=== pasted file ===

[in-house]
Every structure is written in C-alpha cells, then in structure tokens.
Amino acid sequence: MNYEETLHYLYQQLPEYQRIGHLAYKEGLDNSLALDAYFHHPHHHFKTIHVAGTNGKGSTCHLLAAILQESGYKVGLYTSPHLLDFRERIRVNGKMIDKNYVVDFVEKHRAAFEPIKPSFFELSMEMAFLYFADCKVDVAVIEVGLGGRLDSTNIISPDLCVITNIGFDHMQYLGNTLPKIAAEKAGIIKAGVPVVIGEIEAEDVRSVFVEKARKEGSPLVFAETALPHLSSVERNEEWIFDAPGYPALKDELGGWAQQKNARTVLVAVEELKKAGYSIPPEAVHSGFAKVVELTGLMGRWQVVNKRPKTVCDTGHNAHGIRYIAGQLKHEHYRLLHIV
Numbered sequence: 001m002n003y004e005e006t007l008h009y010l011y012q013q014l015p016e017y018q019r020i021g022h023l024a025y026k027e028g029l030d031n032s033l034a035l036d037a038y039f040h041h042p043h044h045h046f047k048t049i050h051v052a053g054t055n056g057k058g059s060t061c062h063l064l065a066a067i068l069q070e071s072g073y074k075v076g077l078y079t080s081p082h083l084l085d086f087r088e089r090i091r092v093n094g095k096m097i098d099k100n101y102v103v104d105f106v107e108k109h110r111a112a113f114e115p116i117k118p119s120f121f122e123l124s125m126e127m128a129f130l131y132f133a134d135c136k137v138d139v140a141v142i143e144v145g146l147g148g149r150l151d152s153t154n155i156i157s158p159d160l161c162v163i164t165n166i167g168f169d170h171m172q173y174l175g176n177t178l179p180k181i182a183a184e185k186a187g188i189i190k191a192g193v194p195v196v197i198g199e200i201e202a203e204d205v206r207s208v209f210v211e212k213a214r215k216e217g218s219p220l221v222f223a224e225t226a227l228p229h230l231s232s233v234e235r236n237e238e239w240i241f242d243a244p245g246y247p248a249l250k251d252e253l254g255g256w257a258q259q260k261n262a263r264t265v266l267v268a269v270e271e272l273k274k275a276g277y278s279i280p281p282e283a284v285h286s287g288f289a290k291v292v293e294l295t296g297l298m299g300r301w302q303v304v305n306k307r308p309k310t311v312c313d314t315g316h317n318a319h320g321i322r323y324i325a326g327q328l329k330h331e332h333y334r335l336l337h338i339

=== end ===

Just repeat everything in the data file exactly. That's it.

[in-house]
Every structure is written in C-alpha cells, then in structure tokens.
Amino acid sequence: MNYEETLHYLYQQLPEYQRIGHLAYKEGLDNSLALDAYFHHPHHHFKTIHVAGTNGKGSTCHLLAAILQESGYKVGLYTSPHLLDFRERIRVNGKMIDKNYVVDFVEKHRAAFEPIKPSFFELSMEMAFLYFADCKVDVAVIEVGLGGRLDSTNIISPDLCVITNIGFDHMQYLGNTLPKIAAEKAGIIKAGVPVVIGEIEAEDVRSVFVEKARKEGSPLVFAETALPHLSSVERNEEWIFDAPGYPALKDELGGWAQQKNARTVLVAVEELKKAGYSIPPEAVHSGFAKVVELTGLMGRWQVVNKRPKTVCDTGHNAHGIRYIAGQLKHEHYRLLHIV
Numbered sequence: 001m002n003y004e005e006t007l008h009y010l011y012q013q014l015p016e017y018q019r020i021g022h023l024a025y026k027e028g029l030d031n032s033l034a035l036d037a038y039f040h041h042p043h044h045h046f047k048t049i050h051v052a053g054t055n056g057k058g059s060t061c062h063l064l065a066a067i068l069q070e071s072g073y074k075v076g077l078y079t080s081p082h083l084l085d086f087r088e089r090i091r092v093n094g095k096m097i098d099k100n101y102v103v104d105f106v107e108k109h110r111a112a113f114e115p116i117k118p119s120f121f122e123l124s125m126e127m128a129f130l131y132f133a134d135c136k137v138d139v140a141v142i143e144v145g146l147g148g149r150l151d152s153t154n155i156i157s158p159d160l161c162v163i164t165n166i167g168f169d170h171m172q173y174l175g176n177t178l179p180k181i182a183a184e185k186a187g188i189i190k191a192g193v194p195v196v197i198g199e200i201e202a203e204d205v206r207s208v209f210v211e212k213a214r215k216e217g218s219p220l221v222f223a224e225t226a227l228p229h230l231s232s233v234e235r236n237e238e239w240i241f242d243a244p245g246y247p248a249l250k251d252e253l254g255g256w257a258q259q260k261n262a263r264t265v266l267v268a269v270e271e272l273k274k275a276g277y278s279i280p281p282e283a284v285h286s287g288f289a290k291v292v293e294l295t296g297l298m299g300r301w302q303v304v305n306k307r308p309k310t311v312c313d314t315g316h317n318a319h320g321i322r323y324i325a326g327q328l329k330h331e332h333y334r335l336l337h338i339